MANILA, March 16, 2005 (STAR) By Paolo Romero and Rainier Allan Ronda  -  The government will push through with the opening of the Ninoy Aquino International Airport Terminal 3 (NAIA-3) on June 21 despite legal obstacles and structural defects in the facility, officials said yesterday.

Transportation Secretary Leandro Mendoza and Manila International Airport Authority (MIAA) general manager Alfonso Cusi, in separate interviews, said the government is rushing preparations to get the modern terminal up and running by the deadline.

President Arroyo herself reiterated the scheduled opening date after touring NAIA-3 yesterday — her first visit since it was built.

"The President just gave us instructions that really we have to make sure that this is operational by June 21," Mendoza told reporters in an interview after emerging from a closed-door meeting with Executive Secretary Eduardo Ermita, Finance Secretary Cesar Purisima and Cusi, held after Mrs. Arroyo left the terminal.

"We are intent on making this airport operational for the Filipino people," Mendoza told reporters at the 23rd anniversary celebrations of MIAA at the NAIA-3.

Malacañang set the deadline for the opening of the airport for June 21 after vowing to make NAIA-3 operational six months after the Pasay City regional trial court allowed the government to take over the airport last year.

The President inspected the ongoing work preparations, including the facility’s major operating systems and utilities such as air conditioning, lighting and baggage systems.

"I was looking for the software (systems of the airport)," Mrs. Arroyo was overheard telling her officials during the inspection.

While some parts of the terminal were obviously completed, some areas were still shells — with only bare concrete, pipes and tubes visible. Officials said the unfinished areas were to be completed for the concessionaires.

Cusi said the government is undertaking "rectification work" in NAIA-3 to ensure the terminal meets international standards.

These include some 40 minor defects in the electrical, water and security systems of the airport.

Experts, he said, will also conduct a review of NAIA-3’s structural integrity.

"We believe we can complete all these things barring major problems," Cusi said.

Press Secretary Ignacio Bunye said Mrs. Arroyo praised MIAA officials for making sure that the airport would run smoothly and safely when it opens in June.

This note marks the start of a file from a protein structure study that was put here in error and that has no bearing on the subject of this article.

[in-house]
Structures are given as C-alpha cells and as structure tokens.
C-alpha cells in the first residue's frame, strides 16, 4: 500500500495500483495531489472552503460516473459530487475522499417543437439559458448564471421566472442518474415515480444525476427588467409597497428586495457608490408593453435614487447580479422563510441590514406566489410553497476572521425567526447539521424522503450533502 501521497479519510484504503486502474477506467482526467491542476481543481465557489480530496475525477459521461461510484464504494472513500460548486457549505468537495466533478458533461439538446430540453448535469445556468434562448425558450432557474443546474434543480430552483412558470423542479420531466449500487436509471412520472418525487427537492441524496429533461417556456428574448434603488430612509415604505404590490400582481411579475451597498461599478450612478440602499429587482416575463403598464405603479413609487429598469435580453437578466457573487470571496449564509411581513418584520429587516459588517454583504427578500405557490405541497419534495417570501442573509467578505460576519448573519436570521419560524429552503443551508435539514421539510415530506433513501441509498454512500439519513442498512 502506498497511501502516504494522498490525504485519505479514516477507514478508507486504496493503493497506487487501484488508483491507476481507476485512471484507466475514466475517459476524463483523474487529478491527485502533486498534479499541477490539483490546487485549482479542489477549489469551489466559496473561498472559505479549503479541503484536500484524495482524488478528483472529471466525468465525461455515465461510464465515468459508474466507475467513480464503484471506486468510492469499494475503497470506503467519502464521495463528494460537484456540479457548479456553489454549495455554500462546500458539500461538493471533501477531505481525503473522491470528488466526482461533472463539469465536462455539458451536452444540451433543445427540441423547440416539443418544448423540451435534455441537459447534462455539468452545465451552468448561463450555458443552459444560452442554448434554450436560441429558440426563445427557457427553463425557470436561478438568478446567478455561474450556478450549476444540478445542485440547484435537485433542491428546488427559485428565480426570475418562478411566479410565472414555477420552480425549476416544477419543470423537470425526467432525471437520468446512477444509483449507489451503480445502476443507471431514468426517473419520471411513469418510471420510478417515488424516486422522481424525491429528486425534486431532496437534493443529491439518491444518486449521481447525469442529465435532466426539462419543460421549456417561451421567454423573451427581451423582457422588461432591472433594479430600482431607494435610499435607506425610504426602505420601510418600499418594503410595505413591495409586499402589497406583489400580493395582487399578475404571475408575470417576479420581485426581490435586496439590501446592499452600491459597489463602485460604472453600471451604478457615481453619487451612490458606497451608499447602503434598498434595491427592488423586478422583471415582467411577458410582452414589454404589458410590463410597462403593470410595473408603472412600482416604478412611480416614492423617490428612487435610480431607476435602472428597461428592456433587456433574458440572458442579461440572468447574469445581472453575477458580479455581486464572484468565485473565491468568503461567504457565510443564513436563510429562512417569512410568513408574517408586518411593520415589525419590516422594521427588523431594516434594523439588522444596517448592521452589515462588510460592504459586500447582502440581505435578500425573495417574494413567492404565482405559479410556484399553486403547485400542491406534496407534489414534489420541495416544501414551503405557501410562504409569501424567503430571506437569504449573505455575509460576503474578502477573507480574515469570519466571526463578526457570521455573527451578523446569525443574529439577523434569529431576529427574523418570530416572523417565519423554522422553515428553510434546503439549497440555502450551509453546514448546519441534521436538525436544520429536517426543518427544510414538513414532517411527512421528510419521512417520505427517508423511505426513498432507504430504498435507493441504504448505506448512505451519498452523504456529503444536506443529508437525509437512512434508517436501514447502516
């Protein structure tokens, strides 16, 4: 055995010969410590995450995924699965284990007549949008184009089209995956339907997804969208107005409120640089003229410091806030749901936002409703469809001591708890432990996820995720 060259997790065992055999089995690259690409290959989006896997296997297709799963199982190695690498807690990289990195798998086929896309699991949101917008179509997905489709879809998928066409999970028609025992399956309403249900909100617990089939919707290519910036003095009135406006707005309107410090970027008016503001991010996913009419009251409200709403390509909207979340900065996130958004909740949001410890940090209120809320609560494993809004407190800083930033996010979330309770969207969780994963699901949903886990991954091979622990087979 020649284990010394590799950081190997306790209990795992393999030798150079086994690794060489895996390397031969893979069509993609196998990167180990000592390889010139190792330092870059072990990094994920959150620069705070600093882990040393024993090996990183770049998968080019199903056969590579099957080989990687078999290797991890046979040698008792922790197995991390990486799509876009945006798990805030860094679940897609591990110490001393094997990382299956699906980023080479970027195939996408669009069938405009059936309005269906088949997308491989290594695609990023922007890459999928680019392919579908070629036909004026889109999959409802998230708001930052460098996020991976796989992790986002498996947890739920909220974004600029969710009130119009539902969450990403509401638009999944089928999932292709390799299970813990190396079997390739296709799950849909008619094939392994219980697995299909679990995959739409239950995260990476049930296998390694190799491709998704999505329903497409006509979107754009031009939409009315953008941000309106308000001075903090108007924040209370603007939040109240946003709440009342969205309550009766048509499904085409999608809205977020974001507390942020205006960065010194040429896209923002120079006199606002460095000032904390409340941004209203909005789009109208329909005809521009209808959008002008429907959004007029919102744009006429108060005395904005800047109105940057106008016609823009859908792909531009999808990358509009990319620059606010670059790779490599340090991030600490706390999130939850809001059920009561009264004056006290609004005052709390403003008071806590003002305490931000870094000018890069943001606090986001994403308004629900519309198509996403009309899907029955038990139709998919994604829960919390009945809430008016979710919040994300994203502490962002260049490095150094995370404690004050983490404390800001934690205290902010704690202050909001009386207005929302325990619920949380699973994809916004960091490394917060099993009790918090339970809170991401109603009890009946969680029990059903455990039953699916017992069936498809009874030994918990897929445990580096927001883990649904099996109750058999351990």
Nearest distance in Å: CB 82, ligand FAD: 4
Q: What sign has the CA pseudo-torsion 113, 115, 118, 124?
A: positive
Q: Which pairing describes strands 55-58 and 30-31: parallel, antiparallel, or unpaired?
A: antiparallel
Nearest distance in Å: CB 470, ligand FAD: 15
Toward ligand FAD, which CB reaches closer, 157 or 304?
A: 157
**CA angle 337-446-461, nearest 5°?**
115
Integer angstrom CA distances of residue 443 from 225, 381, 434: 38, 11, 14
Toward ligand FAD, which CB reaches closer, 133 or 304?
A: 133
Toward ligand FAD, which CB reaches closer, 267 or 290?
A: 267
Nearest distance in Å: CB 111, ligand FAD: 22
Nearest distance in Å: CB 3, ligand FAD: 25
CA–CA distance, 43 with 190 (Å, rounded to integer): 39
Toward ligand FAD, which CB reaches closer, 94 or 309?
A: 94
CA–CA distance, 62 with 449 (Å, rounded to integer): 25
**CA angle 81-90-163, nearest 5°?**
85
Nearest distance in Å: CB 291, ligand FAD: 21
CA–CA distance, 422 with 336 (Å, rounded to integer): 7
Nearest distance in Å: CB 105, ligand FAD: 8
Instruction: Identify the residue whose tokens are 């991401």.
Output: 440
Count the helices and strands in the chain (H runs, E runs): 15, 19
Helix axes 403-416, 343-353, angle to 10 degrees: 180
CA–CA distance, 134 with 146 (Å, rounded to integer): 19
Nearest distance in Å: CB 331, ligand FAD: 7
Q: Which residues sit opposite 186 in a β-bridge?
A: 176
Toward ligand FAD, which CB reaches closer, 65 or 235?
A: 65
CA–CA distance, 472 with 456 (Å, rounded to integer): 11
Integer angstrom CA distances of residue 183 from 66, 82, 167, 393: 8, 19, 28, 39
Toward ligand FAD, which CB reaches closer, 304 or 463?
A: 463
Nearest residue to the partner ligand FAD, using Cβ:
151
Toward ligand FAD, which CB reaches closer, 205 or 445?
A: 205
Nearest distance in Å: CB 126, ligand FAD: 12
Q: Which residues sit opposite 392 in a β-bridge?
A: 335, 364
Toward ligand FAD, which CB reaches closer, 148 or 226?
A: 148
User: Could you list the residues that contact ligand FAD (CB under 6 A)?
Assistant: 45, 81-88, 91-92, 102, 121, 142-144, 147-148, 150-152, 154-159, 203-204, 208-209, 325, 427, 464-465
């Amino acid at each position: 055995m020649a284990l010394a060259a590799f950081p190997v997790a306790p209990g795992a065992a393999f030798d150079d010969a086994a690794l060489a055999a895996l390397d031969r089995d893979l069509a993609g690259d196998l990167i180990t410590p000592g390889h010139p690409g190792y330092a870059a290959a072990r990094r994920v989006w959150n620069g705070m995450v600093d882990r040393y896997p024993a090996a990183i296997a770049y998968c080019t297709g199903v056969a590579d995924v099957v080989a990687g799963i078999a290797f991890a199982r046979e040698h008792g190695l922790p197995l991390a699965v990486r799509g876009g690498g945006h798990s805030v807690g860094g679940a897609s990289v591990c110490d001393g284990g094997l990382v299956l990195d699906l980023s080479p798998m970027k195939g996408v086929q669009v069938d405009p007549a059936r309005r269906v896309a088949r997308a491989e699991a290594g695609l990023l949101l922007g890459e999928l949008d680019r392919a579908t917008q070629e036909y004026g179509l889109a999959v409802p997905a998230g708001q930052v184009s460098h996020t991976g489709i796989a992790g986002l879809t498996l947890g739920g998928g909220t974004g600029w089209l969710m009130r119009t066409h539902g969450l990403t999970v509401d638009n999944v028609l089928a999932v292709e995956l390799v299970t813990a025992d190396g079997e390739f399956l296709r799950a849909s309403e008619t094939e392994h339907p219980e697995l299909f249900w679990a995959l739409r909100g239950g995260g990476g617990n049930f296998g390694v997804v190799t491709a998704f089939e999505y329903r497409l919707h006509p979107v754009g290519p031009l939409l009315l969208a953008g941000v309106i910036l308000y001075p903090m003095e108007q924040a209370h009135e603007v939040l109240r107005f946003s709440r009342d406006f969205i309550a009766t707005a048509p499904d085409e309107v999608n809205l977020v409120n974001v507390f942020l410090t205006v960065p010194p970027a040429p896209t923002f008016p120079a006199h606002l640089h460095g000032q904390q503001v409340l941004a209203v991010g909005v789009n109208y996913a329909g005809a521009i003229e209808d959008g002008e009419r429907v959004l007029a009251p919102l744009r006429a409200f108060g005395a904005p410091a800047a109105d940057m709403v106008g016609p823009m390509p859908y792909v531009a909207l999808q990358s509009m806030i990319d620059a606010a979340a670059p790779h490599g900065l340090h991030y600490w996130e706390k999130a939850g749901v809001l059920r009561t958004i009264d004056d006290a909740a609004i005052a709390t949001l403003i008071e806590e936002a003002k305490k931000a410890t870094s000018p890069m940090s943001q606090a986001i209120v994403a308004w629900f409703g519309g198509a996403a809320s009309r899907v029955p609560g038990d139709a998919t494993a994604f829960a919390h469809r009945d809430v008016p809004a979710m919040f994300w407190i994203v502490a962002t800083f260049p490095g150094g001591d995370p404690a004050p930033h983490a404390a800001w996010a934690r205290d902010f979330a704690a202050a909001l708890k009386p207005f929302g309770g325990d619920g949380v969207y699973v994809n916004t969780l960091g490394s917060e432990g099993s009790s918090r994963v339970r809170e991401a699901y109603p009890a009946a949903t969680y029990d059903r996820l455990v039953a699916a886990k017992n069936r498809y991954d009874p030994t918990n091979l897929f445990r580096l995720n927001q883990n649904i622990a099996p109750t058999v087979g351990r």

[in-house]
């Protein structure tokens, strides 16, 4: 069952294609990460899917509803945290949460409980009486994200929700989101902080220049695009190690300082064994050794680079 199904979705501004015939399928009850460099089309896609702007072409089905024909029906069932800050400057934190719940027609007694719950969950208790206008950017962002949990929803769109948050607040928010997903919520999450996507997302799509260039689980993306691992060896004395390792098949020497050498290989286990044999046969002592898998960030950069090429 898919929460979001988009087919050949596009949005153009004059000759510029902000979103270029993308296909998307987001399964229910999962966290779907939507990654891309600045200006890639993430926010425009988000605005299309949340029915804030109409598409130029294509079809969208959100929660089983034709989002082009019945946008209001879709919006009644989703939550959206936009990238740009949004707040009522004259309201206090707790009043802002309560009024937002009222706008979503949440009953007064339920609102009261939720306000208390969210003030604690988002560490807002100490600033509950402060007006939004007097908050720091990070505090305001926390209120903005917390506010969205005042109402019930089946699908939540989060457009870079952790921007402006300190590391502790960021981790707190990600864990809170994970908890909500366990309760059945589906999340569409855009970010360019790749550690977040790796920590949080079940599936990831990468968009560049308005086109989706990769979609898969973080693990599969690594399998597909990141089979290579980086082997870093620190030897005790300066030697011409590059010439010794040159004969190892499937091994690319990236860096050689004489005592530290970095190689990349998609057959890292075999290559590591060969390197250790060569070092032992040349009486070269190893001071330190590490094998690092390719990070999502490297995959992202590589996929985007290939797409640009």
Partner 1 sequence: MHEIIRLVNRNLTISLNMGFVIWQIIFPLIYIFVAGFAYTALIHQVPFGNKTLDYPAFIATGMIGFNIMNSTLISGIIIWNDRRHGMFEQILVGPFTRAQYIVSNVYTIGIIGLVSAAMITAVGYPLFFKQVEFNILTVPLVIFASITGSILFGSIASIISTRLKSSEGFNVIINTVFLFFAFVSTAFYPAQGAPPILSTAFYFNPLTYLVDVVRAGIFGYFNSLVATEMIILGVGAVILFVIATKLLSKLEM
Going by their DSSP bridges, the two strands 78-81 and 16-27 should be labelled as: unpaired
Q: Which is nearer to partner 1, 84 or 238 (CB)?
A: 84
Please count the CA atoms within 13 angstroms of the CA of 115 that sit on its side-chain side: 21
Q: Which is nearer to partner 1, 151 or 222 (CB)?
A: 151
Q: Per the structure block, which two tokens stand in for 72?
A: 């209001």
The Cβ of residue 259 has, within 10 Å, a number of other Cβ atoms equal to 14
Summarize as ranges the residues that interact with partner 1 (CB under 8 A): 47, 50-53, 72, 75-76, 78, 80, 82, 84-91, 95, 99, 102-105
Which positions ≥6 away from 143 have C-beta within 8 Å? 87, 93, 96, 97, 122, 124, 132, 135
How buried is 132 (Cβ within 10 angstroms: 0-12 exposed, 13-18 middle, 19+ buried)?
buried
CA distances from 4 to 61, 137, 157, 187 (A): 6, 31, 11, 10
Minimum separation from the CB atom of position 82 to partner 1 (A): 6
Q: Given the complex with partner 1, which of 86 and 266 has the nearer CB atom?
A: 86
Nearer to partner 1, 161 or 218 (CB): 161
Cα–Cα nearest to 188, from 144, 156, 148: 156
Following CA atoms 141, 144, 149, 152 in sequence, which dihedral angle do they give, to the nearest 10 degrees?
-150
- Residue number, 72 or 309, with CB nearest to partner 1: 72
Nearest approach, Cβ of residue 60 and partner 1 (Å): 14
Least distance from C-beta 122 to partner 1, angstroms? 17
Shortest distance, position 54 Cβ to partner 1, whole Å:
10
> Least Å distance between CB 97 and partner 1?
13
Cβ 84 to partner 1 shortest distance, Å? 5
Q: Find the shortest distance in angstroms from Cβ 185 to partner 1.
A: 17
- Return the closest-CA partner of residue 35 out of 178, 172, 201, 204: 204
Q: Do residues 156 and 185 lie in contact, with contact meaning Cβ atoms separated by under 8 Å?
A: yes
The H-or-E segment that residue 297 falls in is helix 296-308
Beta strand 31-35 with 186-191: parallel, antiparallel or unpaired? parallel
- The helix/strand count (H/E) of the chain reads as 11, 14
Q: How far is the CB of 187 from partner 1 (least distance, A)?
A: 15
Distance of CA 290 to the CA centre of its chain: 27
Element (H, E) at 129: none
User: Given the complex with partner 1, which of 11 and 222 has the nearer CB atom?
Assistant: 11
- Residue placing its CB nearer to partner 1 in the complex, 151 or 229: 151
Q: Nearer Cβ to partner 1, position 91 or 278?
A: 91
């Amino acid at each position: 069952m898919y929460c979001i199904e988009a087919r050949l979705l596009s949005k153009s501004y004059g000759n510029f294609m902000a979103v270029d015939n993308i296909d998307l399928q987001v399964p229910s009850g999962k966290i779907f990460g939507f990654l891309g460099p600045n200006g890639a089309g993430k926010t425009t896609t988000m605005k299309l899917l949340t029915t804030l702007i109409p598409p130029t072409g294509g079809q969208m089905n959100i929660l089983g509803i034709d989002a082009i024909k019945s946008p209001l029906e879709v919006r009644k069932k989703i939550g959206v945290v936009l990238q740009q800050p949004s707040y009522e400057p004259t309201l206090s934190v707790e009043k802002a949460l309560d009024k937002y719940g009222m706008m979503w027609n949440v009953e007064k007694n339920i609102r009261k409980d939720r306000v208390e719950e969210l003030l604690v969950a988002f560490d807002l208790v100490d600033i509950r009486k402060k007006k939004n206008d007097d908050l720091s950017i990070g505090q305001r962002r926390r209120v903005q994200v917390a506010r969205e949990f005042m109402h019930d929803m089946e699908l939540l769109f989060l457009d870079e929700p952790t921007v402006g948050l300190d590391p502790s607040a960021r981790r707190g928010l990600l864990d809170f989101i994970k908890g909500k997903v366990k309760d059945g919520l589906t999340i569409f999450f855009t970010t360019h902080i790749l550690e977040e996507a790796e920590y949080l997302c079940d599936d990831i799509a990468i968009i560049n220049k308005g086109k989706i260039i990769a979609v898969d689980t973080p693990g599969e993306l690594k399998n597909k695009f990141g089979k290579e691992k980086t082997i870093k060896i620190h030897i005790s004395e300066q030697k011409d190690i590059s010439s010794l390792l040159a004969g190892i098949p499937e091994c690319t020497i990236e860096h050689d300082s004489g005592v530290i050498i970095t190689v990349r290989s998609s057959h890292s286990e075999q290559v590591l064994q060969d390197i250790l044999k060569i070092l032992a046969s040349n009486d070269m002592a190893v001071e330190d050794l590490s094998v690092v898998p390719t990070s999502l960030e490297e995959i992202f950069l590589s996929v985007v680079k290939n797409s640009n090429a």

Mendoza said the government was meeting with the different international airlines to arrange for their transfer to NAIA-3.

"What they’re waiting for is a lease agreement. We are meeting with them. Hopefully, we can strike a deal," he said.

The transportation secretary meanwhile expressed hope that flag carrier Philippine Airlines, which currently has exclusive use of NAIA 2 or the Centennial Terminal, will transfer to the new terminal.

As for the legal obstacles, Mendoza and Justice Secretary Raul Gonzalez, who was also at the anniversary celebrations, said the government would be able to easily surmount them since it already has possession of the airport.

Legal questions arose over whether the government can award contracts or enter into agreements, particularly with concessionaires and airlines, since it does not fully own NAIA-3.

Gonzalez said the government would defend the airlines that set up in the airport if anybody legally challenges the move.

For his part, Mendoza pointed out that such issues are already being resolved in the courts.

"The point here is that we’re in possession of the terminal," he said. "In the meantime, there is no restraint on what we should do here. So we’re going to do everything that is possible."

Mendoza revealed that the government was now deep in negotiations with the Takenaka Corp. — the general contractor contracted by the Philippine International Air Terminals Co. (Piatco) consortium to build NAIA-3 — to get their full cooperation on the government effort to open the terminal.

"The direction is towards signing a contract with them. We are preparing the agreement. Actually, it’s not a contract, it’s some sort of an agreement. They’re going over it. We already have a draft of the agreement. They have a copy, we have a copy," Mendoza said, but refused to disclose further details.

Takenaka has not been fully cooperating with the Philippine government ever since it expropriated, or took over, the terminal from Piatco last December, amid fears of possible legal problems it may encounter with Piatco.

Piatco is contesting the government takeover of the facility.

Reported by: Sol Jose Vanzi

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